Flood watch and wind advisory issued as Southern California braces for major storm

Southern California was on high alert Sunday, with the National Weather Service issuing a flood watch and wind advisory ahead of a major storm forecast to sweep across the region through Tuesday afternoon.

(Satellite image courtesy of the National Weather Service)

The high-profile weather event is expected to bring heavy rainfall and gusty winds to local areas including coastal and inland areas of Orange County, along with the San Bernardino and Riverside County Valleys, the Inland Empire and various mountain regions.

On Sunday, Gov. Gavin Newsom declared a state of emergency for Orange, Los Angeles, Riverside, San Bernardino, San Diego, San Luis Obispo, Santa Barbara and Ventura counties. The proclamation enables potential California National Guard deployment, streamlines unemployment benefits for those impacted, and simplifies the process for out-of-state contractors and utilities to assist in repairing storm damage.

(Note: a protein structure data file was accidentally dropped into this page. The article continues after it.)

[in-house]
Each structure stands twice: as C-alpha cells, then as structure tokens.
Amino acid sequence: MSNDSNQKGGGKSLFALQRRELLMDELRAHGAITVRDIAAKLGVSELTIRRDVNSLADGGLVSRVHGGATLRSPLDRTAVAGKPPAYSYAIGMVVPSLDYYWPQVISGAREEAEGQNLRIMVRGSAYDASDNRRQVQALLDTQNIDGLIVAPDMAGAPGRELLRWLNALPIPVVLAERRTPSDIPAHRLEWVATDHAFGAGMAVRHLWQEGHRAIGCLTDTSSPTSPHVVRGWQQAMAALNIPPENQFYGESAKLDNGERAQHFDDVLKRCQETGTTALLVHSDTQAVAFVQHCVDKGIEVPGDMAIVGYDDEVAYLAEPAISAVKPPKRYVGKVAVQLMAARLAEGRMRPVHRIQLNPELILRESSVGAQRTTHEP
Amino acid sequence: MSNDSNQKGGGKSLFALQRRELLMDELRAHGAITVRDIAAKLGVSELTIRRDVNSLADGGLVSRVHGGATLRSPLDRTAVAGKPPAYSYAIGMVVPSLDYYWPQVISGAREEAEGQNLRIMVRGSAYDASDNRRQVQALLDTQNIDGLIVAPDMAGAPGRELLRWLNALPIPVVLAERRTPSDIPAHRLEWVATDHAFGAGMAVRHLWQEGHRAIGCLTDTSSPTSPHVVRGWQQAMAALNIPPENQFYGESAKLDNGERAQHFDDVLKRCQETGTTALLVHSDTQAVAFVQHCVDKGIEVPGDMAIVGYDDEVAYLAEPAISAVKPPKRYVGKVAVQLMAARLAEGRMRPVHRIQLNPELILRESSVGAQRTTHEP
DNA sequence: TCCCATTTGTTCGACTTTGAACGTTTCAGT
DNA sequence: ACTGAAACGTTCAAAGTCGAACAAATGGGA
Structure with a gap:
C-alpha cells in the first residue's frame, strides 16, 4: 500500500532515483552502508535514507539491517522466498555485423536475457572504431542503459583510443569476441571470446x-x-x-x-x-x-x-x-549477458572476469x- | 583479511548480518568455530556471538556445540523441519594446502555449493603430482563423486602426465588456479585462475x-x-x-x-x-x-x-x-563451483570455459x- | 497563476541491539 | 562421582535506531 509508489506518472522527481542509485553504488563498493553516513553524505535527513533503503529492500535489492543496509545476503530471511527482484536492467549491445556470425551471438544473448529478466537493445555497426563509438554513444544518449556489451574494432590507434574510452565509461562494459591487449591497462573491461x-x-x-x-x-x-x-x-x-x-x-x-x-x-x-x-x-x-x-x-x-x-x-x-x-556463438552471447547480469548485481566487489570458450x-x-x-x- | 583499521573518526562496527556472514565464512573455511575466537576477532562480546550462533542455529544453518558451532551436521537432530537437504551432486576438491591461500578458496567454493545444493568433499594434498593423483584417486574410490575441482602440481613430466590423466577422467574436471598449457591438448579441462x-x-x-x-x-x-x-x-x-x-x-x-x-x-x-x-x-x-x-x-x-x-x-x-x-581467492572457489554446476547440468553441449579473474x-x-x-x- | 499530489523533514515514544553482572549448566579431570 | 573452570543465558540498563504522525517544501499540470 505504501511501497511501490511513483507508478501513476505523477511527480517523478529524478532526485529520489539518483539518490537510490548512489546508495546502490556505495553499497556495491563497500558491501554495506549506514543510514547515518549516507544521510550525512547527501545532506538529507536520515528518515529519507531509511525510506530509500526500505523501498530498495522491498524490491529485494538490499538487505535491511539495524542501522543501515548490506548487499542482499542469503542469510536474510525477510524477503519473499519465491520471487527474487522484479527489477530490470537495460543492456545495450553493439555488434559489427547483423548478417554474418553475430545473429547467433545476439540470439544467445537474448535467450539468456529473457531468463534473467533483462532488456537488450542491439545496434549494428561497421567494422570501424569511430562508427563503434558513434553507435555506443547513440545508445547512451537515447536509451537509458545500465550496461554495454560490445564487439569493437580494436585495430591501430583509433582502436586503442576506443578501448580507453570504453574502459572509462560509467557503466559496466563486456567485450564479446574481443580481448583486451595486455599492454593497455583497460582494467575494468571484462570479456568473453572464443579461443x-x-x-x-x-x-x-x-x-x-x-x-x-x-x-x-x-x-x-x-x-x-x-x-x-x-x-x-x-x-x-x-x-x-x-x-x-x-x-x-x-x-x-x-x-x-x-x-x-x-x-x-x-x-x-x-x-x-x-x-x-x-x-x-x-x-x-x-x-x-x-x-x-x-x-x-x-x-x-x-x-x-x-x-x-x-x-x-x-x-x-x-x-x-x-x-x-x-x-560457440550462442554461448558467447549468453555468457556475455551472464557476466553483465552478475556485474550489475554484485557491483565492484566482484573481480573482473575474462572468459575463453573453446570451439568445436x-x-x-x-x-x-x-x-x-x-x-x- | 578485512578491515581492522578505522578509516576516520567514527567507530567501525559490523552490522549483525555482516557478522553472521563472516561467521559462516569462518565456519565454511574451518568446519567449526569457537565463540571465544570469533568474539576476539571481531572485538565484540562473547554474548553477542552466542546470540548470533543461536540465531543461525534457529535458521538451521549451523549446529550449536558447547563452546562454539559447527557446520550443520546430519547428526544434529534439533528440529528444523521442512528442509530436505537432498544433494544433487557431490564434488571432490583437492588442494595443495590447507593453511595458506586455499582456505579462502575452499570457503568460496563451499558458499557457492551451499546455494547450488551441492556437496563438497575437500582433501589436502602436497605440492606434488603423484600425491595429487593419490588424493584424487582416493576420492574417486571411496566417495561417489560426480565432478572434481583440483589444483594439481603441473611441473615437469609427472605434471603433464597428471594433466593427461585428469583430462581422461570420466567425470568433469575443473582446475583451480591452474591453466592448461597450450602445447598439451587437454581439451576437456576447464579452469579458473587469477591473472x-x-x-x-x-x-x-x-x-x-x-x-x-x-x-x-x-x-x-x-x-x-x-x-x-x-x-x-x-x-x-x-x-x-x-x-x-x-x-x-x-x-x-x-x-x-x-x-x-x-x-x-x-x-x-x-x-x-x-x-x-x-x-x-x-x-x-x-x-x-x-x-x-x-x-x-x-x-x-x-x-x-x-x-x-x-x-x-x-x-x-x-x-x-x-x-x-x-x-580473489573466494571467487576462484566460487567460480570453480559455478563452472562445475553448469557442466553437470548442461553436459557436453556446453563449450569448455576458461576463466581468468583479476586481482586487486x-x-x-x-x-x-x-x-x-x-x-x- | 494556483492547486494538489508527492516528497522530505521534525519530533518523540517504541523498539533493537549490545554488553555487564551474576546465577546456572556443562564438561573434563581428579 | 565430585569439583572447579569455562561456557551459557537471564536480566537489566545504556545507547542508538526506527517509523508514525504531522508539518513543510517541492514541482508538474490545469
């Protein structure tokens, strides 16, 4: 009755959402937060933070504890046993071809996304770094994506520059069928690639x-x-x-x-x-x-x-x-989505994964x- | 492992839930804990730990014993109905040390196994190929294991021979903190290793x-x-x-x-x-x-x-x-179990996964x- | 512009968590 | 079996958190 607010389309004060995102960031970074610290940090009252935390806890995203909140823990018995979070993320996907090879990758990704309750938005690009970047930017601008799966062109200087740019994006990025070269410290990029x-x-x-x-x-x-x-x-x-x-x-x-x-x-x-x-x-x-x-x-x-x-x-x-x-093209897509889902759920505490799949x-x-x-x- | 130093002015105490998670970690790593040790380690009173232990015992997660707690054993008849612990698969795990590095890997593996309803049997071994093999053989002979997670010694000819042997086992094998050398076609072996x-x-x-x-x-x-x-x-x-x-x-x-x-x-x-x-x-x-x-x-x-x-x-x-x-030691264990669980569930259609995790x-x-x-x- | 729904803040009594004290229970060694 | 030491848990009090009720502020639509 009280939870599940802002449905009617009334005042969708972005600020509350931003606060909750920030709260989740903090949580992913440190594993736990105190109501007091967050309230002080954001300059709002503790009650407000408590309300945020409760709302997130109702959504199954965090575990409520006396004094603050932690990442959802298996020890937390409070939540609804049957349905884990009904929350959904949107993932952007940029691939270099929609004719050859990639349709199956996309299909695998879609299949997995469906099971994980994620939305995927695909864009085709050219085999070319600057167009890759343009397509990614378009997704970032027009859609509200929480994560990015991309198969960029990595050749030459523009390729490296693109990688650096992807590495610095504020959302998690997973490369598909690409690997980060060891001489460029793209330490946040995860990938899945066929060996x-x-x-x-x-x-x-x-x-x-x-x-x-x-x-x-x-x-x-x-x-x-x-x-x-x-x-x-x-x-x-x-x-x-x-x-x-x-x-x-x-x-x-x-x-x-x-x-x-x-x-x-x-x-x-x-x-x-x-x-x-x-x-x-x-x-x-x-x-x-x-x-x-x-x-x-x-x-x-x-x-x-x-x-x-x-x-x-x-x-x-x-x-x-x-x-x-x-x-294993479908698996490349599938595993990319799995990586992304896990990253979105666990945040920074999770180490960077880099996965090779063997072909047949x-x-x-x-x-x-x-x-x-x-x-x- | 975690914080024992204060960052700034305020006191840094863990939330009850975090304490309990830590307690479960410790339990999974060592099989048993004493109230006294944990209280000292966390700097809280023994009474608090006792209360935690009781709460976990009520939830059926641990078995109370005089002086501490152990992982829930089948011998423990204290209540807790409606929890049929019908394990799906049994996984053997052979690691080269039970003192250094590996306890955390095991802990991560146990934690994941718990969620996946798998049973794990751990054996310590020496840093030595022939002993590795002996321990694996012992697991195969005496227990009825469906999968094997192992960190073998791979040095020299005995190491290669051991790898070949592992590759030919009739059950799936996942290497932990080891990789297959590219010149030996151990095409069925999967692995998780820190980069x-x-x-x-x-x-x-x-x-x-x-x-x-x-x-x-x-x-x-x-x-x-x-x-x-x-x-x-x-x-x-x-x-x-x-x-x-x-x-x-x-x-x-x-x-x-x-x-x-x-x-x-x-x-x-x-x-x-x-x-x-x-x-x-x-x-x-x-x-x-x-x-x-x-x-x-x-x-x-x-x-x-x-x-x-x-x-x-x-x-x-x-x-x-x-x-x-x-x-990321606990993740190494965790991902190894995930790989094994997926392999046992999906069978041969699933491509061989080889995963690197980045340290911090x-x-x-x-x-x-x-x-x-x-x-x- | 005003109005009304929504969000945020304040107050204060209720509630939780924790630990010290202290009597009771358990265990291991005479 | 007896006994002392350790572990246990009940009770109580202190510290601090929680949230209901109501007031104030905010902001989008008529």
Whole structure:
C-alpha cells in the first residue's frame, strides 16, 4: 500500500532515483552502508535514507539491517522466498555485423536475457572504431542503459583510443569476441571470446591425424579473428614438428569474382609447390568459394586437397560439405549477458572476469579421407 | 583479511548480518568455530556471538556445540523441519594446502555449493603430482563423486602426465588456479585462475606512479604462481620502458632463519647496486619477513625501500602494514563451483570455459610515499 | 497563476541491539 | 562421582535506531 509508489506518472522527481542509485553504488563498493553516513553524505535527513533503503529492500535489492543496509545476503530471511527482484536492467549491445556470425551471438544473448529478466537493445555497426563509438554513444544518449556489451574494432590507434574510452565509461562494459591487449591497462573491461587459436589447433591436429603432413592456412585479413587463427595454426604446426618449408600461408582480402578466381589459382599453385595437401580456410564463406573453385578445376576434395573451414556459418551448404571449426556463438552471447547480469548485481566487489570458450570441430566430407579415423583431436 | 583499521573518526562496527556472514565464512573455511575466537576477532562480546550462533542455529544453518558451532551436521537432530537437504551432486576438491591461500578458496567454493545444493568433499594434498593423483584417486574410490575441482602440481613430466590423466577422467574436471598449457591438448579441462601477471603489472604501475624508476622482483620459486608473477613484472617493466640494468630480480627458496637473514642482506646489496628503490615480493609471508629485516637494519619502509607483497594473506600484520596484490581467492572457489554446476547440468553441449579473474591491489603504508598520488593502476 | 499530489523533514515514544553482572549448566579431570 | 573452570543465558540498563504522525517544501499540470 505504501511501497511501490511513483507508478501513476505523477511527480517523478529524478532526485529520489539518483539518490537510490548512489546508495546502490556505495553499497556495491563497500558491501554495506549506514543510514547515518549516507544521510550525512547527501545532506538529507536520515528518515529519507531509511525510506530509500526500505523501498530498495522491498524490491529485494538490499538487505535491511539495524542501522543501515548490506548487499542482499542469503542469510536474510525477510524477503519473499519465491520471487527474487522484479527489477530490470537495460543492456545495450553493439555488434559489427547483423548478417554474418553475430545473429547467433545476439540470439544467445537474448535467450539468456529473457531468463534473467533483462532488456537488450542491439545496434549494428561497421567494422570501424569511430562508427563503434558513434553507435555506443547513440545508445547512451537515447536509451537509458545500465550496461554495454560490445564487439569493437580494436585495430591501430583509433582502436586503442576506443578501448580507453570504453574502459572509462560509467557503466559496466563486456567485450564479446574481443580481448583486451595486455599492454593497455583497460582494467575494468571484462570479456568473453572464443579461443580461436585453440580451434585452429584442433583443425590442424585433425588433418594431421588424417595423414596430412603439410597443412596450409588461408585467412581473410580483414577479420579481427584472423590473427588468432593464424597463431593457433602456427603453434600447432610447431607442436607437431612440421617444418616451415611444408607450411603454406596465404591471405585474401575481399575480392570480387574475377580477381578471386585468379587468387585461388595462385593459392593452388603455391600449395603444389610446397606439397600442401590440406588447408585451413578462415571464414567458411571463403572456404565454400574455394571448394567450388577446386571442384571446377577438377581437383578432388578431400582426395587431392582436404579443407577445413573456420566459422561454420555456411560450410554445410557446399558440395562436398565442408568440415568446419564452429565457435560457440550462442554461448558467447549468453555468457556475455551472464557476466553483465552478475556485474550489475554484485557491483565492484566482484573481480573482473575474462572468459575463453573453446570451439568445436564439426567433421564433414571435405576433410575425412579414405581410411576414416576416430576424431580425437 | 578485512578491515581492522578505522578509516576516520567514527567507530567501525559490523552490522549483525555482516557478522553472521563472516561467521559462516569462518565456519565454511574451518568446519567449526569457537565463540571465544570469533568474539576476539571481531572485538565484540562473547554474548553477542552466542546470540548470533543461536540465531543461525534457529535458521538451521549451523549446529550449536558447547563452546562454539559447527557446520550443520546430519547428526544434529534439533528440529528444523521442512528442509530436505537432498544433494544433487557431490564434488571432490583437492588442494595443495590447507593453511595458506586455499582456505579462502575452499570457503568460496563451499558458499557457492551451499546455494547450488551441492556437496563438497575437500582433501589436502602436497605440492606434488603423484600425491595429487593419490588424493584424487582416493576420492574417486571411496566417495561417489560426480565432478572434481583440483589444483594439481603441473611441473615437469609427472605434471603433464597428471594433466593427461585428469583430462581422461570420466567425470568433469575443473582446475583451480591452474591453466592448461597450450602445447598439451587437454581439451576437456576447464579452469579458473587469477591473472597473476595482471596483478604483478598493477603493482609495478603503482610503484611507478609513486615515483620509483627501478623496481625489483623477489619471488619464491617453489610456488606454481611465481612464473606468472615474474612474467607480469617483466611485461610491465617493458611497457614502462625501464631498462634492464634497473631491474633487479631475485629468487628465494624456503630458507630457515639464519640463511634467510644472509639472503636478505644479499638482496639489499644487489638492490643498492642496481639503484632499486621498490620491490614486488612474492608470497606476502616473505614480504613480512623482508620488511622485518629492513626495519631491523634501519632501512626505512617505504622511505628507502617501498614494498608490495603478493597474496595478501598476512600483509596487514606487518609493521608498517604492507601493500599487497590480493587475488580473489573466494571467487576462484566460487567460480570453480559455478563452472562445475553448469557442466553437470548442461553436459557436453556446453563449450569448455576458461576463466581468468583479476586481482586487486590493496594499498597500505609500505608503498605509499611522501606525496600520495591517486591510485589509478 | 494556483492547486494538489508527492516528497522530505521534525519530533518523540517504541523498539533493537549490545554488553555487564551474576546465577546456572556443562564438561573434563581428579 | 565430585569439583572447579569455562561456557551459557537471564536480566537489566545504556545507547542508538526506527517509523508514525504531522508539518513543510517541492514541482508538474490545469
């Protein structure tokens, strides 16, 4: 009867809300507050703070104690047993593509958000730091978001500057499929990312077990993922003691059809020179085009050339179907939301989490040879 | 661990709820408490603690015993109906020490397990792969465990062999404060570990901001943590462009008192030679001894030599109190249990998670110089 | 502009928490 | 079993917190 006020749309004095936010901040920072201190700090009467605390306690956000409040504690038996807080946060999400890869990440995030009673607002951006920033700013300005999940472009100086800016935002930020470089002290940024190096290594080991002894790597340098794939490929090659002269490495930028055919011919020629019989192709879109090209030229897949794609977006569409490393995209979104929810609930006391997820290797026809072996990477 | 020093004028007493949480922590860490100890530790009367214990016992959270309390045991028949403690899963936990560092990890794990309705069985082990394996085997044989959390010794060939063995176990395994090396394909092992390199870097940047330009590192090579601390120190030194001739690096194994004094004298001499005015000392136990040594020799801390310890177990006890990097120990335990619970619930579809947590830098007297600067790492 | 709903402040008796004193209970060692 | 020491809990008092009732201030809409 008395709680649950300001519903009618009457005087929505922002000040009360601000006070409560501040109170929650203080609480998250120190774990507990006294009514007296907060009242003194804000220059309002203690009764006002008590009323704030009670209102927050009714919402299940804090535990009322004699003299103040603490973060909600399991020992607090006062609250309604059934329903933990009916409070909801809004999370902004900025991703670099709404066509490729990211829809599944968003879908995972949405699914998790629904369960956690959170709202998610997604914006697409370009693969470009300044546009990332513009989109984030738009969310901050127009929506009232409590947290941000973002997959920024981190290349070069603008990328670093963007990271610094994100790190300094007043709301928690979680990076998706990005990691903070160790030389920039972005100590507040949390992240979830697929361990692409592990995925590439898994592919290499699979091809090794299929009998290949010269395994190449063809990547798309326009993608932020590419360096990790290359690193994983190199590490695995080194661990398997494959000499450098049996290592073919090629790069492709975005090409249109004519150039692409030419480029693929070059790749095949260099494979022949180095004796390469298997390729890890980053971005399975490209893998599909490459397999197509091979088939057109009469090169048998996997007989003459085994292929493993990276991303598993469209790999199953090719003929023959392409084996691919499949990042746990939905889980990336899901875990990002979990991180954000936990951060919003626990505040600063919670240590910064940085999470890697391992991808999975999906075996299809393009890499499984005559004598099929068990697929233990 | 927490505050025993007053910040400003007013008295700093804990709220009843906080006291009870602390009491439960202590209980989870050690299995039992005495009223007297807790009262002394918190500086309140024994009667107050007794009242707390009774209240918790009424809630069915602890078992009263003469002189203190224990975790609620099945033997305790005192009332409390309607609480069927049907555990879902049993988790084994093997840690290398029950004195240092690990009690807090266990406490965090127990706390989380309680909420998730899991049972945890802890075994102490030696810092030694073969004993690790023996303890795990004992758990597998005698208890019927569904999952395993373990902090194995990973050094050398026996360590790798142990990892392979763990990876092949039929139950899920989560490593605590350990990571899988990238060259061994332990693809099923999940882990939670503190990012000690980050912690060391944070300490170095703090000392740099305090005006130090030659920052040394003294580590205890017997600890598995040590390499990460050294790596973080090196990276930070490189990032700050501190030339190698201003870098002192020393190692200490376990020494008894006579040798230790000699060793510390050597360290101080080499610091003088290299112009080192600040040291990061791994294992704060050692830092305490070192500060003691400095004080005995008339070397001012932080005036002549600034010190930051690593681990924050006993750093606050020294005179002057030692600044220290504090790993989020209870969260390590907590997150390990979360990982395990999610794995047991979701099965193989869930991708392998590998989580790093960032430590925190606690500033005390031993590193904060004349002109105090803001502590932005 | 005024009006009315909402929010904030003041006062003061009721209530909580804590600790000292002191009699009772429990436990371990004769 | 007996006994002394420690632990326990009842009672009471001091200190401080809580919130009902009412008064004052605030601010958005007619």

Flood watch in effect

The slow-moving storm system, fueled by a long-duration atmospheric river, is expected to deliver significant rainfall that could potentially overflow rivers, creeks and streams. Urban and poorly drained areas are also considered at-risk zones for flooding.

The flood watch covers a broad swath of Southern California, encompassing cities from Moreno Valley and Palm Springs to Irvine and Santa Ana — and especially areas that fall below snow levels. 

Wind advisory issued

A wind advisory has also been issued for Orange County’s coastal and inland areas. Southeast winds are expected to range from 15 to 25 mph, with gusts reaching up to 45 mph. The NWS warns that high winds can cause unsecured objects to be blown around, in addition to dislodging tree limbs and palm fronds.

Precautions urged

In light of these advisories, the NWS urges residents to keep up to date on the latest forecasts and to be ready to act if they encounter flooding. Officials also recommend securing outdoor objects, like patio furniture, and those living in flood-prone areas should be especially vigilant.

Navigating the storm

As with any storm, be sure to practice extra caution when driving, and it’s a good idea to park away from trees that might cause damage. Now’s also a good time to make sure your family has an emergency kit stocked with essentials like flashlights, batteries, water and non-perishable food.

For the latest weather updates, visit the National Weather Service website. The California Office of Emergency Services also offers storm safety tips and resources.

Additional state resources